Each fall, winter, and spring, the Rockefeller Global Leadership Program (RGLP) brings together student leaders to increase their understanding of global leadership and intercultural competency. Through weekly sessions with speakers and a culminating experience to either Boston or Montreal, the students are able to learn about themselves and cross-cultural leadership.
Fall 2019 participants were asked to write a blog post, reflecting on the topics and lessons learned throughout the program. Below are reflections from the Fall 2019 cohort who spent a weekend in Montreal as part of their culminating experience.
This past summer, I participated in the Paganucci Fellows Program, which is an experiential learning program sponsored by Tuck where a team of Dartmouth undergraduates participate in a social-impact consulting project for a social enterprise in a developing country. Our client for this summer was MEDLIFE (Medicine Education Development for Low Income Families Everywhere), a Peruvian-based non-profit organization. MEDLIFE achieves their mission of empowering the poor through Service Learning Trips, which are opportunities for college students to work hand-in-hand with the local community on providing support in the form of mobile medical clinics, development projects, dental clinics, and educational workshops. MEDLIFE Service Learning Trips are intended to show students the power of listening while working with local communities, understanding the realities of extreme poverty first hand, and connecting students to the communities that MEDLIFE supports.
As a part of the Fellowship, our team of undergraduates traveled to Peru for two weeks to work with MEDLIFE in their offices and to experience a Service Learning Trip first hand. On our first day in Lima, we traveled to Pamplona Alta, which is a community that MEDLIFE has worked extensively with to revitalize their local infrastructure and healthcare. When we first visited Pamplona Alta, I was taken aback by the extreme poverty that the local community was facing. Although I had visited Peru as a young child, I never witnessed this type of poverty firsthand before, which is especially shocking considering that Pamplona Alta is a mere drive down the road from some of the wealthiest areas in South America. Although this experience initially took me out of my comfort zone, we immediately moved beyond this initial shock and reflection on our privilege to thinking about how our project would ultimately not only help MEDLIFE as a business, but in its larger efforts to lift this community out of poverty.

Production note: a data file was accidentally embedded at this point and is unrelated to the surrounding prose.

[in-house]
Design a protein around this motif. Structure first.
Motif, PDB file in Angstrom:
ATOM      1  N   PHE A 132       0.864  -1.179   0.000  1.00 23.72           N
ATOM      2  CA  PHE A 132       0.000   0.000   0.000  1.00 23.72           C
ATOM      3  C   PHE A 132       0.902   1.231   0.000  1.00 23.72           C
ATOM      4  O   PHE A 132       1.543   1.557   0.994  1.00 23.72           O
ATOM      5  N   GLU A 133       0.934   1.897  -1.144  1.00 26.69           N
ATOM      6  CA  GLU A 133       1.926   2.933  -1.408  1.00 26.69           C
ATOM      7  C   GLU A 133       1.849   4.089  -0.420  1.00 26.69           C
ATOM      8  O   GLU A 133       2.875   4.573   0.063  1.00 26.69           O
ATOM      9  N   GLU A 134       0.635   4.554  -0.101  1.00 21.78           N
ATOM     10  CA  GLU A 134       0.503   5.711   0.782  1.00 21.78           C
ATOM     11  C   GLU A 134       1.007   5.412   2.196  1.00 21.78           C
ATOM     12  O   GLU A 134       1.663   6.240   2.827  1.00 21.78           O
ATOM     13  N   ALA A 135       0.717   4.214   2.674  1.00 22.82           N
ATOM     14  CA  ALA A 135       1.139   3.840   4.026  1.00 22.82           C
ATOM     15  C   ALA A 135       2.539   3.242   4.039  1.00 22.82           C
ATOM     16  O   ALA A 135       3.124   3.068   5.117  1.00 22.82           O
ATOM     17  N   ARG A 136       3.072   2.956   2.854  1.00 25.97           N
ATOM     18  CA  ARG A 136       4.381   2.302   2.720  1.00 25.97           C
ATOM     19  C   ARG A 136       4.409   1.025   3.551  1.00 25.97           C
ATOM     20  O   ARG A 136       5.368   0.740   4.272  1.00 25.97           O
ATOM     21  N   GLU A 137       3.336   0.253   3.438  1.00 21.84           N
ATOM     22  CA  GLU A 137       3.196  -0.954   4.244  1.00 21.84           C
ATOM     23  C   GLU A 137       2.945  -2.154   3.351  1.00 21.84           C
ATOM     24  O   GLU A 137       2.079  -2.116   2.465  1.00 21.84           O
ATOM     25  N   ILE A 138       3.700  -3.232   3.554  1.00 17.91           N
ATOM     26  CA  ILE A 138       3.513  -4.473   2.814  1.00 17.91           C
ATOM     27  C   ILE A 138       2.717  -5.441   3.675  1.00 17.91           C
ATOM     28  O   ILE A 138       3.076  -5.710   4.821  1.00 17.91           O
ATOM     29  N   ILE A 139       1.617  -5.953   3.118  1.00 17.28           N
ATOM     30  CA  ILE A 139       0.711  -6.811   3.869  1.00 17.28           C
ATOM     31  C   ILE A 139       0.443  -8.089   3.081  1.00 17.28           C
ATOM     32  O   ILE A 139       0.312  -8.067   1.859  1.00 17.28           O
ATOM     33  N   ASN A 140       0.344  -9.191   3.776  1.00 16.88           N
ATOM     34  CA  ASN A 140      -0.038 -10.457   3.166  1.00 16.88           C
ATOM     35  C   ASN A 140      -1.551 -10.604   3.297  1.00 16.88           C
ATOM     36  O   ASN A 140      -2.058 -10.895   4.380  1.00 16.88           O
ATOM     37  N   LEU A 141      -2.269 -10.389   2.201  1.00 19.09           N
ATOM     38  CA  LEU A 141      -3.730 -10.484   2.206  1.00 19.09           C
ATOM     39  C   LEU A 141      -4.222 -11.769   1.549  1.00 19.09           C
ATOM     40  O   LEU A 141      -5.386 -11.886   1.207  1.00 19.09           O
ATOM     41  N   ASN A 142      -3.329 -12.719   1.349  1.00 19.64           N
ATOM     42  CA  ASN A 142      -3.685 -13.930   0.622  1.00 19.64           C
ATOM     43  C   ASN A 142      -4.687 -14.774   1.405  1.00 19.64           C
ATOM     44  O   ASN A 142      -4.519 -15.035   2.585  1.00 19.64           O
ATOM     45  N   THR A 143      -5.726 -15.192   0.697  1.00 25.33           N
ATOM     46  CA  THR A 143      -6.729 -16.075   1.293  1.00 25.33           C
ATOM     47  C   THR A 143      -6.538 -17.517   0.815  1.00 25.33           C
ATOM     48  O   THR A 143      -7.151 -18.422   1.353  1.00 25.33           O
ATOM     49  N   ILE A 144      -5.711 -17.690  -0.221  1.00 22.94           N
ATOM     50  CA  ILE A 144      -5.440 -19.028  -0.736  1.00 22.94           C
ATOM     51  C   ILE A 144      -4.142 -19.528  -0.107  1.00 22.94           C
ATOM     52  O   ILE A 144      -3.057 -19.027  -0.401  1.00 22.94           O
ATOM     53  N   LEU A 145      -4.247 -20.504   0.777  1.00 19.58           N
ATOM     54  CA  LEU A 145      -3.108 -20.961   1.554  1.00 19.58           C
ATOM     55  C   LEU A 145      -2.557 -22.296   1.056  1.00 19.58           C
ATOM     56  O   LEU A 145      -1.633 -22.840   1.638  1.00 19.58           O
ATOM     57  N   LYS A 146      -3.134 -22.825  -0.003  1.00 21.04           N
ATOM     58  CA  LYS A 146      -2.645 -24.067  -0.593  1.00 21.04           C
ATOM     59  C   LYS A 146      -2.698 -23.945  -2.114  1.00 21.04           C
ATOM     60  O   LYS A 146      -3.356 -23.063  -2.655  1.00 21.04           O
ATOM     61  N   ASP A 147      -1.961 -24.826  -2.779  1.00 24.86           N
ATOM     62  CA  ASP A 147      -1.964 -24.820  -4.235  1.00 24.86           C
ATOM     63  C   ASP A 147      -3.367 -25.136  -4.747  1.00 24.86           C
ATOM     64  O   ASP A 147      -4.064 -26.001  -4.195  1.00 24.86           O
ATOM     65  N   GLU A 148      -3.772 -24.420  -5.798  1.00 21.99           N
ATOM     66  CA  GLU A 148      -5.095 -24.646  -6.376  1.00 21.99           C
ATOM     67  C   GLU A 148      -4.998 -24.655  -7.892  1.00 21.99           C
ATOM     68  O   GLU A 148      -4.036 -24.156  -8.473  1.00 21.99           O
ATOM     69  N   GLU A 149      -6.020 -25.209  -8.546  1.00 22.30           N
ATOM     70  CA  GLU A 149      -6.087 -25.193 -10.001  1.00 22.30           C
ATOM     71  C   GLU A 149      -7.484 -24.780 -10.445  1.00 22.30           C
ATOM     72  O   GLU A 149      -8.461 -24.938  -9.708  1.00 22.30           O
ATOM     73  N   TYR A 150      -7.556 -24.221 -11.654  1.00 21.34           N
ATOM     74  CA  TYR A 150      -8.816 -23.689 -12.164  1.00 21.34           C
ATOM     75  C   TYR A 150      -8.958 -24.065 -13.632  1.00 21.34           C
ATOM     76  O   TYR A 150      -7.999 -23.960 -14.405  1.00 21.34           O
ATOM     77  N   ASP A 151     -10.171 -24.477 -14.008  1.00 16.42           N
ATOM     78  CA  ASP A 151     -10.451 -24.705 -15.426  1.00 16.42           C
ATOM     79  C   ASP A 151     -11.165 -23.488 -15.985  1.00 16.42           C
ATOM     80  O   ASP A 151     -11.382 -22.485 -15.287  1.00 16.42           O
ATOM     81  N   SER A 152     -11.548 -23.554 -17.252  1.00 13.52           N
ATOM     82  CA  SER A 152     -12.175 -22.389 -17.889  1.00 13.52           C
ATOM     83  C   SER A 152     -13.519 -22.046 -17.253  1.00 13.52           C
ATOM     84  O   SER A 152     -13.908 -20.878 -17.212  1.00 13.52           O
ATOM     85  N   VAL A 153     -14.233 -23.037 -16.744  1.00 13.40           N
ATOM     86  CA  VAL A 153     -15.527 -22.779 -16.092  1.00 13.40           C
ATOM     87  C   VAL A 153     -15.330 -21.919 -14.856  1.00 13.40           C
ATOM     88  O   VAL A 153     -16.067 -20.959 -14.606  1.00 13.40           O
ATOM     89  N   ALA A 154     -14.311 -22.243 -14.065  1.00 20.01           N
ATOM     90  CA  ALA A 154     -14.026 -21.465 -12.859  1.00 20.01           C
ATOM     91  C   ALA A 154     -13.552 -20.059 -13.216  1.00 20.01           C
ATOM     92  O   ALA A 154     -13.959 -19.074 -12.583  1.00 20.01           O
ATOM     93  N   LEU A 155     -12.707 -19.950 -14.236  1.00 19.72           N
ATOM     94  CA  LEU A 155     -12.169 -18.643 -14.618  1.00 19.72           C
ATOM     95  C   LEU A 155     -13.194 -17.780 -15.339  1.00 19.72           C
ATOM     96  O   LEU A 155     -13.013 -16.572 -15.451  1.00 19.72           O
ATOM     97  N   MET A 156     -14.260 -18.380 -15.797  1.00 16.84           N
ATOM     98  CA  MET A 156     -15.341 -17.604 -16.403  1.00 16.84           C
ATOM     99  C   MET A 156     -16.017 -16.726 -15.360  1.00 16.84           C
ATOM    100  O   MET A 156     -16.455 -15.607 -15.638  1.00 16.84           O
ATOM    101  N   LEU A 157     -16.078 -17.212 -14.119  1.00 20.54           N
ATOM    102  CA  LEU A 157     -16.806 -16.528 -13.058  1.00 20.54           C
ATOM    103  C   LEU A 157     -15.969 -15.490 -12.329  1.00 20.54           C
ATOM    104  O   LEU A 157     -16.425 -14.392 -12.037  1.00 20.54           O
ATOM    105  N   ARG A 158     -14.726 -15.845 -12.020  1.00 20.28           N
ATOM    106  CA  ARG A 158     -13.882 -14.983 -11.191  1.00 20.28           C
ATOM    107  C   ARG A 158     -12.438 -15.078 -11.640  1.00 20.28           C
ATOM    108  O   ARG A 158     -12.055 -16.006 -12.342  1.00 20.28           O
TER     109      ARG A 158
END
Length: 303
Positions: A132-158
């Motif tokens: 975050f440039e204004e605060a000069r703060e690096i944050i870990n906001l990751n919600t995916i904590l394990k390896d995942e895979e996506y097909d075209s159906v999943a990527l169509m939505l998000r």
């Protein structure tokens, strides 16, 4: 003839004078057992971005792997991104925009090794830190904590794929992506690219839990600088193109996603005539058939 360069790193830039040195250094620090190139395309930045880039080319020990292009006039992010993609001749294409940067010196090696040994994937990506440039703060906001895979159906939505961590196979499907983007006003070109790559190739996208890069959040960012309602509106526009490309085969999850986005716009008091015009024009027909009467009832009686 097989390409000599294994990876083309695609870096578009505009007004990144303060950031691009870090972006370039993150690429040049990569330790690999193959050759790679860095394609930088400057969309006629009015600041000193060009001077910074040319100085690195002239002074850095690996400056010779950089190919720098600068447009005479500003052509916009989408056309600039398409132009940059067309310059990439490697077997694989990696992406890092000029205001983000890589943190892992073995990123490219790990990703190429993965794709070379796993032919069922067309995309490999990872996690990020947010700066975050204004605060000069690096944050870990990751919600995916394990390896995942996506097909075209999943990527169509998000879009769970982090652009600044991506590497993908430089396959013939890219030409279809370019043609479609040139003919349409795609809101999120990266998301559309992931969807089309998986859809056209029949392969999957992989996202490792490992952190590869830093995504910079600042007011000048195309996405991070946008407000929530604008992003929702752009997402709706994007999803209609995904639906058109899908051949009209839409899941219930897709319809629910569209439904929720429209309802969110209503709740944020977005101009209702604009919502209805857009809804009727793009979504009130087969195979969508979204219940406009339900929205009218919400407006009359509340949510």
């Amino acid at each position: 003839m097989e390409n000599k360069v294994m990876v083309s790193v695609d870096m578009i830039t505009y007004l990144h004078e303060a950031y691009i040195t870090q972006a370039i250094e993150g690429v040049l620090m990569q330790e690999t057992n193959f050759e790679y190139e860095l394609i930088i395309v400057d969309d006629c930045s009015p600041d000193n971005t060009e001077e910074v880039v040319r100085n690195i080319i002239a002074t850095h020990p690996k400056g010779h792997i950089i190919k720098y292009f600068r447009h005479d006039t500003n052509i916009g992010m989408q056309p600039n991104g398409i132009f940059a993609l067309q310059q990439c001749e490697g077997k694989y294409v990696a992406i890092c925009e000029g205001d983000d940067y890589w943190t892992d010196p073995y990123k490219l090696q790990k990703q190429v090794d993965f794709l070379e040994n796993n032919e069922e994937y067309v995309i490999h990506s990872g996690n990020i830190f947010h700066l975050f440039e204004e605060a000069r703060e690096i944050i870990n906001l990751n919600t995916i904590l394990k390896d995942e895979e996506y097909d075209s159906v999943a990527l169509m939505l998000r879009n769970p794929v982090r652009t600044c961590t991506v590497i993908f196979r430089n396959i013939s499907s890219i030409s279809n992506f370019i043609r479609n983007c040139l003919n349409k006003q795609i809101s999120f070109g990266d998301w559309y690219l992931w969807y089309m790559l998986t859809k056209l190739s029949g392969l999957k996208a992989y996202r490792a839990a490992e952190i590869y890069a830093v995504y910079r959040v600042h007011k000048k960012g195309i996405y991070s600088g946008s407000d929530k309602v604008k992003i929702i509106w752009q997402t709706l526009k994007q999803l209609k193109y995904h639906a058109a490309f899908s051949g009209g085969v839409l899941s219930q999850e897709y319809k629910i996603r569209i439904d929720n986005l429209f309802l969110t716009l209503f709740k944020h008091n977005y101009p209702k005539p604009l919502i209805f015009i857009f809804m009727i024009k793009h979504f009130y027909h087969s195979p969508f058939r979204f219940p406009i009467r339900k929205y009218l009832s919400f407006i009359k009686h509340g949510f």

On the final day of our trip to Peru, we participate in a mobile clinic with the local community in Pamplona Alta, where me and the other Dartmouth students had the opportunity to teach local preschool students how to brush their teeth with fluoride for the first time. This genuine opportunity to improve the lives of the community – by helping one crying child with their fluoride at a time – provided a meaningful connection is still inspiring and empowering every day.
Since visiting Peru, I try to bring this same combination of curiosity and generosity to every interaction I have – whether it is helping children brush their teeth in Pamplona Alta or helping my fellow Dartmouth with a paper or problem set. I am incredibly grateful for participating in RGLP because it helped cultivate this kind of productive reflection on my own cultural experiences and inspire me to continue improving myself while empowering others.
-Written by Owen Ritz ’21, Fall 2019 RGLP Participant
Disclaimer: The views and opinions expressed here are the author’s own and do not necessarily represent the views and opinions of the Rockefeller Center or constitute an endorsement by the Center.